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During his fourteen years imprisonment in the Château d'If, Dantes befriends the Abbé Faria ("The Mad Priest"), a fellow prisoner trying to tunnel his way to freedom, who claims knowledge of a massive treasure and continually offers to reward the guards well if they release him. Faria gives Dantès an extensive education. He also explains to Dantès how Danglars, Fernand, and Villefort would each have had their own reasons for wanting Dantès in prison, out of circulation. After years of friendship, and knowing himself to be close to death, Faria tells Dantès the location of the treasure, on Monte Cristo. When Faria dies, Dantès uses his corpse to stage an escape to a nearby island, and is rescued by a smuggling ship. After several months of working with the smugglers, he goes to Monte Cristo. Dantès fakes an injury and convinces the smugglers to temporarily leave him on Monte Cristo, then makes his way to the hiding place of the treasure. After recovering the treasure, he returns to Marseilles, where he learns that his father has died in poverty. He buys a yacht, hides the rest of the treasure on board and buys both the island of Monte Cristo and the title of Count from the Tuscan Government.
Returning to Marseille, Dantès plans his revenge but first helps several people who were kind to him before his imprisonment. Traveling as the Abbé Busoni, he meets Caderousse, now living in poverty, whose intervention might have saved Dantès from prison. Dantès learns that his other enemies have all become wealthy since Dantès was betrayed. He gives Caderousse a diamond that can be either a chance to redeem himself, or a trap that will lead to his ruin. Caderousse murders the jeweler to whom he sells the diamond and is sentenced to life in the prison galleys. Dantès, using the disguise of English Lord Wilmore, frees Caderousse and gives him another chance at redemption. Caderousse does not take it, and becomes a career criminal. Learning that his old employer Morrel is on the verge of bankruptcy, Dantès, in the guise of a senior clerk, buys all of Morrel's outstanding debts and gives Morrel an extension of three months to fulfill his obligations. At the end of the three months and with no way to repay his debts, Morrel is about to commit suicide when he learns that all of his debts have been mysteriously paid and that one of his ships has returned with a full cargo, secretly rebuilt and laden by Dantès.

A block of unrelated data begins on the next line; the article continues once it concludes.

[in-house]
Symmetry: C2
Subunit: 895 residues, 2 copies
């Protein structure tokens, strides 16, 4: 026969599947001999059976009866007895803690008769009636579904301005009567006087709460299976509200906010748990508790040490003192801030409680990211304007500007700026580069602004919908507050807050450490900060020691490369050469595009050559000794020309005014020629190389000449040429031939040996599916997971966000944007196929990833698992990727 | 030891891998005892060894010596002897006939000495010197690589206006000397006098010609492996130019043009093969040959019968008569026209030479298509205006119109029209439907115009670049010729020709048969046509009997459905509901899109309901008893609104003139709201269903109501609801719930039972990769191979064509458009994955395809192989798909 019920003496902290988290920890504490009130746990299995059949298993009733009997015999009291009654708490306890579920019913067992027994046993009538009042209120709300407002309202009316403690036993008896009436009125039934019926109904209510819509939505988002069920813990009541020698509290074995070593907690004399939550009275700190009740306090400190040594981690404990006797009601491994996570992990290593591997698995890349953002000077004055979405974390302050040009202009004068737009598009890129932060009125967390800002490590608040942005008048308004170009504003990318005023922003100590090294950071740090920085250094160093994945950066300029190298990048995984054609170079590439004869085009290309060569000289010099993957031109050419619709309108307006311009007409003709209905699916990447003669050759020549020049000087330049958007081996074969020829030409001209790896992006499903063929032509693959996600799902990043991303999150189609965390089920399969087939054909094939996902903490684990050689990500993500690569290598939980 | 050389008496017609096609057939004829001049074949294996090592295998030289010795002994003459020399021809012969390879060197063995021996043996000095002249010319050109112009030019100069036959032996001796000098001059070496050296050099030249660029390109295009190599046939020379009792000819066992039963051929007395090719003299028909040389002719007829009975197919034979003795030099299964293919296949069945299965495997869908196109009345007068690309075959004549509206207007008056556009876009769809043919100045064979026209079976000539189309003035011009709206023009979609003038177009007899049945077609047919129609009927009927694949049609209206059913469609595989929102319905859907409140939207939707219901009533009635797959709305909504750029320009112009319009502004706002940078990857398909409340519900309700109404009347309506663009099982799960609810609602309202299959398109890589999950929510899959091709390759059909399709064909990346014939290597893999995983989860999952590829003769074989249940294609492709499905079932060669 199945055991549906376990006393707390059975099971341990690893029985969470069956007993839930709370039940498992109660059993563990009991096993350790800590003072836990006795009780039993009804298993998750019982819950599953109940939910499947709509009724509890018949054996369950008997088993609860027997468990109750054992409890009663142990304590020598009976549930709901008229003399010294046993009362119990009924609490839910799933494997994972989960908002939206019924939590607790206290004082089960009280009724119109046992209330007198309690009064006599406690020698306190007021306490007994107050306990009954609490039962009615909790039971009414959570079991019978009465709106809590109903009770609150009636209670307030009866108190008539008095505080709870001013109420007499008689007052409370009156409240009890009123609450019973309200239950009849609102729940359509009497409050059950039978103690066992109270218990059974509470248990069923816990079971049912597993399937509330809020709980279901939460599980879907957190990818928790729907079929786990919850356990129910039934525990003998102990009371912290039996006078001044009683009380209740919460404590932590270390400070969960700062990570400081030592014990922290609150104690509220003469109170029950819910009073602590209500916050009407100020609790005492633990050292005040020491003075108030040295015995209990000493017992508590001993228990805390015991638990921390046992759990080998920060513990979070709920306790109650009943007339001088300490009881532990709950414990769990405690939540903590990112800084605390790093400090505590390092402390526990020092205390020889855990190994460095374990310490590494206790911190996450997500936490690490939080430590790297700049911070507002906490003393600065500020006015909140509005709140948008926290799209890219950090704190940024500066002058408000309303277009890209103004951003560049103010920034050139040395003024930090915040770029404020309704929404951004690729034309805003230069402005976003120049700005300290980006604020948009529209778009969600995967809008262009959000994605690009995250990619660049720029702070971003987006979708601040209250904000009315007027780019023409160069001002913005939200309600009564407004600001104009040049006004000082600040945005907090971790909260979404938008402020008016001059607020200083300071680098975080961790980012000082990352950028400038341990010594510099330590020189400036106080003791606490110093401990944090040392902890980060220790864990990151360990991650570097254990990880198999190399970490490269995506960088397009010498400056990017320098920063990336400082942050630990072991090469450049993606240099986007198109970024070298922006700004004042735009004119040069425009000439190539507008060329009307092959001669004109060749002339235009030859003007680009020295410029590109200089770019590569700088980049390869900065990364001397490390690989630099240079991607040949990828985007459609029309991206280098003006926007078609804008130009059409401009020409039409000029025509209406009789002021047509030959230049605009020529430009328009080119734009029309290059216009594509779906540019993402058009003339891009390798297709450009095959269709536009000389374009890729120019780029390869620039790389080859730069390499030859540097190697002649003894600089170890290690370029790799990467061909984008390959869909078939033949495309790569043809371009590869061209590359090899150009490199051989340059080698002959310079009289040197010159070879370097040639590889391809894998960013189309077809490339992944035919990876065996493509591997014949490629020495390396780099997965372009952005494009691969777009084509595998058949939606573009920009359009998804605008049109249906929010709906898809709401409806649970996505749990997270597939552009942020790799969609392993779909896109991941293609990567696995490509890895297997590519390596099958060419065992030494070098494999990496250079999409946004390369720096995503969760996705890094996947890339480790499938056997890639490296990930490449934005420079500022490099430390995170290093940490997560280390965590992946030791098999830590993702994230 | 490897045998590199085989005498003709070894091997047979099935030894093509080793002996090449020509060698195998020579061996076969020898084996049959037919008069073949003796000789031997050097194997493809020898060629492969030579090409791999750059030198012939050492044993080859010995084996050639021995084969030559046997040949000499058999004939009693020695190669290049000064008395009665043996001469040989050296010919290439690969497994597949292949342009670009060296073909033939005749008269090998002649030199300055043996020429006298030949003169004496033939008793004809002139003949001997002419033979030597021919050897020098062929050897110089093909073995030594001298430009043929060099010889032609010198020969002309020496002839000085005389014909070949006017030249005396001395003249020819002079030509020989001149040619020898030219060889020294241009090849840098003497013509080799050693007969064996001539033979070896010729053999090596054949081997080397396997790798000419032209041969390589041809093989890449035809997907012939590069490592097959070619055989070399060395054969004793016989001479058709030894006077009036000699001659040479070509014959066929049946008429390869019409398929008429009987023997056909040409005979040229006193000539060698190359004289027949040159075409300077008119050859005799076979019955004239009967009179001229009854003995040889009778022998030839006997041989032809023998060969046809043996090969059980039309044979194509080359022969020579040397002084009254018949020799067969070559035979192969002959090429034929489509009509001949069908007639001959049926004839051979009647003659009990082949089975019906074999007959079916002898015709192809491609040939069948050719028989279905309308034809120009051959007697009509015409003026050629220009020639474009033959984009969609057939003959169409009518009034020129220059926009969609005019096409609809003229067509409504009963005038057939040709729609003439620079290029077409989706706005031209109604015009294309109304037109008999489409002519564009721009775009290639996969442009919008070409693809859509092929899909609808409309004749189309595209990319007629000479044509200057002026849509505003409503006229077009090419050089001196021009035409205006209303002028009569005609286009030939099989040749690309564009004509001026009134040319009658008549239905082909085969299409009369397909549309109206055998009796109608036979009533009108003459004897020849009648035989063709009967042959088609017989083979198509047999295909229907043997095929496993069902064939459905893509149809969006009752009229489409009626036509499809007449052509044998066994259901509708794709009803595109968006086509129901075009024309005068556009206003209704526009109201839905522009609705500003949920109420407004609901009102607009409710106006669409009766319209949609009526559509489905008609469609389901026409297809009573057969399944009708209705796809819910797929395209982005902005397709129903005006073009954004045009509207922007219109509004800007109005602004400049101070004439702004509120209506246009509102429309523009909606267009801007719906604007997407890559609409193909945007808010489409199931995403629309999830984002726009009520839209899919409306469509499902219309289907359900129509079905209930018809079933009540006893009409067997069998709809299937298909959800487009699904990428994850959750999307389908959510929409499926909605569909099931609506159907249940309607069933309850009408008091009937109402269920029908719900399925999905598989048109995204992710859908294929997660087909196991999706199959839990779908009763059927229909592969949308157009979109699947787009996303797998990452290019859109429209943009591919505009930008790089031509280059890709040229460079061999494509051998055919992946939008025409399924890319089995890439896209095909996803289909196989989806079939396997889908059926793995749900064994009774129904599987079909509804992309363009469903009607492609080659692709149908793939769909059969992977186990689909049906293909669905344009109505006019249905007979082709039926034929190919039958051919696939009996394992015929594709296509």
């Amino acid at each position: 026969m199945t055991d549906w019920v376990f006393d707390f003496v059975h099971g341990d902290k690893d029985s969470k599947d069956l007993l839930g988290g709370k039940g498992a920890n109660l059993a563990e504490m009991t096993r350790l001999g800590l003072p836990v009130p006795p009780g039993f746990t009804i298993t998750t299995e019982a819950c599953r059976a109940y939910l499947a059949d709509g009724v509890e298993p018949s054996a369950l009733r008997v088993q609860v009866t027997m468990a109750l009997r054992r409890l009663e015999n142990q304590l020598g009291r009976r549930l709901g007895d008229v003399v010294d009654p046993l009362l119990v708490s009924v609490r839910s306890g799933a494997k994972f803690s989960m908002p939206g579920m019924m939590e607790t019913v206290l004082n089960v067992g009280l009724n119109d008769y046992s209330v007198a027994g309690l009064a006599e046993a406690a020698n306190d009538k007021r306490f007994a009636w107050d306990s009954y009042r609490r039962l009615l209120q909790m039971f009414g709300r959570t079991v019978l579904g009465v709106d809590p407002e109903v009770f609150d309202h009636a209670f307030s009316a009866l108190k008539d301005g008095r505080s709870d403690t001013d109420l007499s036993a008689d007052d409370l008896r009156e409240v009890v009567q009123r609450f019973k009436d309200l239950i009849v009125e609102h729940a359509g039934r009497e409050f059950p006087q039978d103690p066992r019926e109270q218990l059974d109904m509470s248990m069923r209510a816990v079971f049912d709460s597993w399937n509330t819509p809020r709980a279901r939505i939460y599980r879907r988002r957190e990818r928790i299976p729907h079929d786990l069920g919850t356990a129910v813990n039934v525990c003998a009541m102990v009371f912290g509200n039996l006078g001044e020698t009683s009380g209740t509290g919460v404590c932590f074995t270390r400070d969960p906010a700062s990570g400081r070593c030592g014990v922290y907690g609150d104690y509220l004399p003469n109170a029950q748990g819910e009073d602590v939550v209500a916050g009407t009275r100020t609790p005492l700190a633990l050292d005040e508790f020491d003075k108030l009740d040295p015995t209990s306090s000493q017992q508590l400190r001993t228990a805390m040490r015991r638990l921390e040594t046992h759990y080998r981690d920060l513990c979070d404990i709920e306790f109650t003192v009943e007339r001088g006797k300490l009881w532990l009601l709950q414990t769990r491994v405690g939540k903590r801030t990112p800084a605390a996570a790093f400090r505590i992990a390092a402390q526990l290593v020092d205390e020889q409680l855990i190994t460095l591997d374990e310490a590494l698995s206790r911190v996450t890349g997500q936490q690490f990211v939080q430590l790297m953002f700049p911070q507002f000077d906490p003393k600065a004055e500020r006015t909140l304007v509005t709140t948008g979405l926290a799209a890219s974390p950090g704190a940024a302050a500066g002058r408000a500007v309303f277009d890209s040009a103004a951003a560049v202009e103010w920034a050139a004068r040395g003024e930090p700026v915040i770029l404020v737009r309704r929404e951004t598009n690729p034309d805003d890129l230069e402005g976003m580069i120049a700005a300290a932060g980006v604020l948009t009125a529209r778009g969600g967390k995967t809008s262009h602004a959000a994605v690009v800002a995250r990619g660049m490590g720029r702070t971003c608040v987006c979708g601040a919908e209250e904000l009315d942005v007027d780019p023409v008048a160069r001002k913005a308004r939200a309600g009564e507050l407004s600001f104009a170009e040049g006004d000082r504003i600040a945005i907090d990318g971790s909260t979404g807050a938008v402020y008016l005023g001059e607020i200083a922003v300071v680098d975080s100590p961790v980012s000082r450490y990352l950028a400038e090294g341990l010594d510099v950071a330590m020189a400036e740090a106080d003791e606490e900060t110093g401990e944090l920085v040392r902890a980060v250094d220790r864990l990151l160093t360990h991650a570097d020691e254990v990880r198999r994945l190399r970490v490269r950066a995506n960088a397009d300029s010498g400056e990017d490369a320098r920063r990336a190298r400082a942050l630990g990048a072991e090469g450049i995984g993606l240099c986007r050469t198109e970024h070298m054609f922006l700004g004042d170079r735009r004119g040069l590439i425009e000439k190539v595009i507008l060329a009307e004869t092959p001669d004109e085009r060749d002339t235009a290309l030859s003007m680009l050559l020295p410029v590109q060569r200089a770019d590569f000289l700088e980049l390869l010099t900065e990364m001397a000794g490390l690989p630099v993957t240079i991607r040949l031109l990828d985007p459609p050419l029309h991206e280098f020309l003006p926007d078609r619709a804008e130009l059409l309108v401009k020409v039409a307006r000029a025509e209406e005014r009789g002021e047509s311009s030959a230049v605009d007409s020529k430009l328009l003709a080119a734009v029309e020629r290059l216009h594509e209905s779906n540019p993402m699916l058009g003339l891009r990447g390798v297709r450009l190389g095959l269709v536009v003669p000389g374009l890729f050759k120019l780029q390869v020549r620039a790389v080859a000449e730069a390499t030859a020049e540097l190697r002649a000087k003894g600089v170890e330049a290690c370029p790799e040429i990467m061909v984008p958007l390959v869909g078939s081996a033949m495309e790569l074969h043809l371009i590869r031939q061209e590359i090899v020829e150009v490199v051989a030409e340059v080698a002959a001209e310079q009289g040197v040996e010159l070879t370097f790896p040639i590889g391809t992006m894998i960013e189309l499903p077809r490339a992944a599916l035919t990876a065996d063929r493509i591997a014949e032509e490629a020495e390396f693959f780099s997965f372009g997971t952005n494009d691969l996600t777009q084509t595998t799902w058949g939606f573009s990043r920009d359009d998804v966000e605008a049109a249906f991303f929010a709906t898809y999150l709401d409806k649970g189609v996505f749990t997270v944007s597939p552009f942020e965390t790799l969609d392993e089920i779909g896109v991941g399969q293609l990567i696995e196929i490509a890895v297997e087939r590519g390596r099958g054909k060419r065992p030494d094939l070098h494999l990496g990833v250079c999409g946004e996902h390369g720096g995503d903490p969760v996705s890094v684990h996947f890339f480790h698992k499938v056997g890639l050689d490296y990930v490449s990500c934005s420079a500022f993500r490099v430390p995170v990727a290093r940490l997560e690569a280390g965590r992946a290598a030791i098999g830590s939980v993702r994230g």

the novel, The Count of Monte Cristo